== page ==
Release of Sony, Nintendo Systems Bring a Rush Gamers have been waiting for sometime for the rollout of new video game consoles. At midnight Friday, Sony's Playstation 3 went on sale. Sunday, Nintendo's Wii will be available.
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Release of Sony, Nintendo Systems Bring a Rush

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Release of Sony, Nintendo Systems Bring a Rush

Release of Sony, Nintendo Systems Bring a Rush

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Ganzo for gaming or making a quick buck, those are the two main reasons people formed long lines outside electronic stores all over the country last night as Sony's new video game machine went up for sale.

(Soundbite of music)

Those are the sounds of the Playstation 3, the two models retail for about $500 and $600.


In the lines, there was even some violence. In Putnam, Connecticut, two gunmen tried to rob customers. One person was shot. There was no violence at a Best Buy store in Falls Church, Virginia. People there have been lined up for days with wads of cash to spend on PS3 machines and games.

Mr. VLADIMIR GUZMAN: With the insurance service plan, probably about a grand. Yeah, I came with the money.

NORRIS: Vladimir Guzman was the first in line when he got there Tuesday night.

BLOCK: Customer Tony Lee bought a Playstation and gave it up right away to someone who was willing to pay far more.

Mr. TONY LEE: Well, he has $2,000 in cash right now, and my friend is going with him to to the bank right now to get the other $500. We are not giving him the PS3 unless we have the cash in hand.

NORRIS: He did get his $2,500. Others are selling their machines on eBay or Craigslist. Some are going for more than $3,000. And it could all happen all over again when Nintendo's new machine, the Wii, hits stores this weekend.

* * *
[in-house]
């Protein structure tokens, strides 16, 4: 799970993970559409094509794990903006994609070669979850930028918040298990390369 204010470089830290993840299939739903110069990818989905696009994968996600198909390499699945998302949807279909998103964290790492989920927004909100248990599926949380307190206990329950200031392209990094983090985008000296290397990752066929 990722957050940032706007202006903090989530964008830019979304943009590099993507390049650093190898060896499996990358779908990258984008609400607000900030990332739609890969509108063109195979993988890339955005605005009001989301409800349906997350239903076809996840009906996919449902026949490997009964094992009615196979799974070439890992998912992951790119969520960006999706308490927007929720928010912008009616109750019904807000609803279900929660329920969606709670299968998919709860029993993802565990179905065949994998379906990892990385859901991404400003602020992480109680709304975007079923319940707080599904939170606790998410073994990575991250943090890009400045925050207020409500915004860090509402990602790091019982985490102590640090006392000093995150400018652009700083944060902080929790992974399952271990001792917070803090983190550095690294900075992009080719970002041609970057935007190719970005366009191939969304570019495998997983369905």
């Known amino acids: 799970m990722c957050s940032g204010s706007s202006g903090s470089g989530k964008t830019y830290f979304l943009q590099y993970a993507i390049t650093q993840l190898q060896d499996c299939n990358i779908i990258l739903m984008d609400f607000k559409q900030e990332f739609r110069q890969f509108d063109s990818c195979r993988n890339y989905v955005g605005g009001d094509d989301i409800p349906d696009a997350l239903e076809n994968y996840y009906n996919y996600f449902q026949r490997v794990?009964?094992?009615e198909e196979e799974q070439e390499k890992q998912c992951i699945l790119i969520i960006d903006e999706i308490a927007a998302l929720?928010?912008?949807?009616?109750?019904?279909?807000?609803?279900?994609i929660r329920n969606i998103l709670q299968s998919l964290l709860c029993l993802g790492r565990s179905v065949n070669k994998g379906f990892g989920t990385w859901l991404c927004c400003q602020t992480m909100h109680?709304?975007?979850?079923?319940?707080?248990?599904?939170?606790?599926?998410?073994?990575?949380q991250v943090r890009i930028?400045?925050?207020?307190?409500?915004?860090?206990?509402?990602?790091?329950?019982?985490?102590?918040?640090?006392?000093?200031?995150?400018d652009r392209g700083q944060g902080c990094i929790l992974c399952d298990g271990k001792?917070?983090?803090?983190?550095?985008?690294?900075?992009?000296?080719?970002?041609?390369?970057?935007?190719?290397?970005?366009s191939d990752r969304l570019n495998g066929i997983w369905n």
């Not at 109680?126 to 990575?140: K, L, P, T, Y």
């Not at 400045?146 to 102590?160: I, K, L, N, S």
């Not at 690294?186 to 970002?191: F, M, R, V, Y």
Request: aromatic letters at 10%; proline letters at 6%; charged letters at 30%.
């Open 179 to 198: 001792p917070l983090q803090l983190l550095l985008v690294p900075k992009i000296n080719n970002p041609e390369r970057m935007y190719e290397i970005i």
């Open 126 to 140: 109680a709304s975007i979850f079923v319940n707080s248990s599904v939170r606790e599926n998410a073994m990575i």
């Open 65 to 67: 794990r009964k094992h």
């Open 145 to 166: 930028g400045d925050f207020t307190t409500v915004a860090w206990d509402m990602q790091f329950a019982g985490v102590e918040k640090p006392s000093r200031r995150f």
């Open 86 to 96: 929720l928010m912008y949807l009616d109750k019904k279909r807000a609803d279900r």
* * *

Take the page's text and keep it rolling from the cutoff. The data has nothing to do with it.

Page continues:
Mark MacDonald is director of in San Francisco.

Mr. MARK MACDONALD ( Even people who are real hardcore gamers, when you tell them hey, you can quadruple your money on these things start thinking well, I really did want one. But you know, I could buy TV and a Playstation 3 later for that much money if I can sell it now. I think that was sort of the prevalent mood.

NORRIS: Along with the huge demand, there's a supply problem. Why are there so few of these things?

Mr. MACDONALD: Yeah, well, it has this new technology, the cell chip. Anytime you start creating new technology like that, takes a long time for just the factories to ramp up production. They really had to make this Christmas to stay competitive with the Xbox 360 that launched last year and the Nintendo Wii, which is launching later this weekend. And they are not even launching in Europe this fall, which they had planned to do, at all just to make sure that they could get a few more in the U.S. pipeline.

And, I think it won't be until maybe February or March of next year till you can walk into your local store and see PS3s sitting there on the shelf. But who knows?

NORRIS: Nintendo's version of all these, the Wii, W-I-I, goes on sale on Sunday. It's about half the price. What do you think? Have you compared the two?

Mr. MACDONALD: Yeah, it's hard to compare the two because they go in such different directions. The Playstation 3 has a lot of really fancy, very expensive technology and has the blue ray player, which is a new form of DVD, which is even more high resolution. It has this cell chip that allows it to do all these crazy physics. The games look, you know, remarkable graphically.

The Nintendo Wii has gone a real different direction where the games look a little better than Nintendo's last system, but nowhere near the dramatic difference of the Playstation 3. Really the emphasis for the Wii is in the controller, which is a motion sensing controller. So if you're holding it and swinging it, say, like a tennis racket, it might work like that in a tennis game. Or you know, bowling, you actually hold the controller, make a bowling motion and that's how you actually play the game.

The Playstation 3 also has a version of that, but it's not quite as in depth as the Wii's. So the Wii is really cheap. It's more family friendly, whereas the Playstation 3, especially at this point, is really a hardcore gaming system.

NORRIS: Mark MacDonald, thanks very much.

Mr. MACDONALD: Thank you.

NORRIS: Mark MacDonald is director of

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